As driverless cars ascend from Elon Musk’s lips to God’s ears, the out of home (OOH) industry is on the verge of a renaissance perhaps unseen since President Dwight D. Eisenhower created the interstate highway system in 1956.
That’s because captive consumers who no longer have to pay attention to the road are prime targets for advertising and the static OOH assets that might otherwise have gone the way of the dinosaurs suddenly have renewed potential.
Here’s how OOH asset providers and ad tech companies plan to make the most of this moment.
WiFi access yields better UX
Per Ian Dallimore, director of digital innovation and sales strategy at outdoor advertising company Lamar Advertising, Lamar sees an opportunity to provide WiFi to consumers in self-driving cars via its inventory of 325,000 billboards.
In other words, the OOH provider sees potential in making the experience of riding in a car more pleasant for passengers while also presumably making itself a more competitive option to advertisers who could, in theory, tap into WiFi to enhance their own executions.
However, it’s unclear when something like this would be available and how Lamar would ensure an uninterrupted WiFi connection between billboards.
Location, location, location
For his part, Dan Hight, senior vice president of channel partnerships at mobile location platform xAd, noted the key to success in the driverless era is making the best use of the time consumers spend in their cars and this, in turn, puts more emphasis on location-based advertising.
“I don’t think [digital is] a replacement for out of home – it becomes another screen advertisers can reach,” Hight said.
Put another way, when campaigns incorporate location-based data, such as which consumers can be found in particular areas and where the right place to put a billboard might be, marketers are more likely to hit the holy grail of right consumer, device and moment.
Partners in crime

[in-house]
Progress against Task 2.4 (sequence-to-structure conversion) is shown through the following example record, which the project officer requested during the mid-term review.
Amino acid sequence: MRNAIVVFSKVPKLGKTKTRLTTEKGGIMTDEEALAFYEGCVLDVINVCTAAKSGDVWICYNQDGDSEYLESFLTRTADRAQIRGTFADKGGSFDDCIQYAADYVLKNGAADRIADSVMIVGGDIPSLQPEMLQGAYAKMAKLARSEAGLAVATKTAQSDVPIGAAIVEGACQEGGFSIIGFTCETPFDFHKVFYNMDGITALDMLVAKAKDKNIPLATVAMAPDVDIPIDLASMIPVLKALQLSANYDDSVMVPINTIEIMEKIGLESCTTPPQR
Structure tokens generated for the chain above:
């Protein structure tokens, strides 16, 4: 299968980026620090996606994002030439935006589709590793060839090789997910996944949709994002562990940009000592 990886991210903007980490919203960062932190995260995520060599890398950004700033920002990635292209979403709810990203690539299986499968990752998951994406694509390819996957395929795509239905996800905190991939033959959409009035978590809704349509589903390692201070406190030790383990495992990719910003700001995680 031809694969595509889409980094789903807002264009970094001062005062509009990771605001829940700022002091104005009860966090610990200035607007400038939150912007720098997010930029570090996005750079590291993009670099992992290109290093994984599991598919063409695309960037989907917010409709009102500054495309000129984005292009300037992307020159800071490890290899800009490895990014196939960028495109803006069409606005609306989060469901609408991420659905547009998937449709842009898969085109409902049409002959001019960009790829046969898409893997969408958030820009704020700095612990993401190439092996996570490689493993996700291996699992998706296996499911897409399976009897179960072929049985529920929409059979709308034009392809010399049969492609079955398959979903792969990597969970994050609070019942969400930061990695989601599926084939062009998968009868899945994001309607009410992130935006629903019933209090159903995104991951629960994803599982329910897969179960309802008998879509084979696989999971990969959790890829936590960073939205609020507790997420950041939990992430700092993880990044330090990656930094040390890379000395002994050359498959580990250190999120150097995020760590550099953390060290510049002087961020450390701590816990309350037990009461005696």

But it also means there’s an opportunity for OOH companies to partner with auto manufacturers and ad tech firms to pair billboard messages with mobile and in-car offers.
“We’re talking with a set of different companies like Tesla, Ford, and BMW and saying, ‘If your refrigerator knows you’re out of milk and will let your phone and vehicle know today, why couldn’t it somehow talk to a digital billboard you are driving past?’” Dallimore asked.
Andy Sriubas, executive vice president of strategic planning and development at Outfront Media, noted that Outfront has launched such an effort in the form of geofenced billboards with xAd in which consumers who pass by see a brand message on a billboard and also receive “the exact ad” on their phones, or what Sriubas called “mobile small format OOH.”
“The two mediums reinforce each other,” Sriubas added. “So if you’re not driving and you’re in the car and it’s connected, you see in real time the ad on the billboard as you drive through that particular geofence if it’s targeted to you…and I think it’s the perfect combination. There are now many, many case studies that allow us to show that mobile is much more effective when reinforced by OOH than if you buy mobile on its own.”
Cindy Gustafson, chief strategy officer at media and marketing services firm Mindshare, concurred that OOH will evolve into extended connectivity.
“As people are passing these units, sequential or complementing messages can also be simultaneously served on their phones, tablets, laptops, etc. during their commute when they don’t have to keep their eyes focused on driving,” she said. “Ultimately, for marketers, the takeaway is this: there’s a lot we can do with OOH to help bring a brand’s proposition to life and engage consumers – but we need to keep pushing on the potential of what is expected in this medium in order to capture consumers’ attention, exceed their expectations and leave a lasting impression.”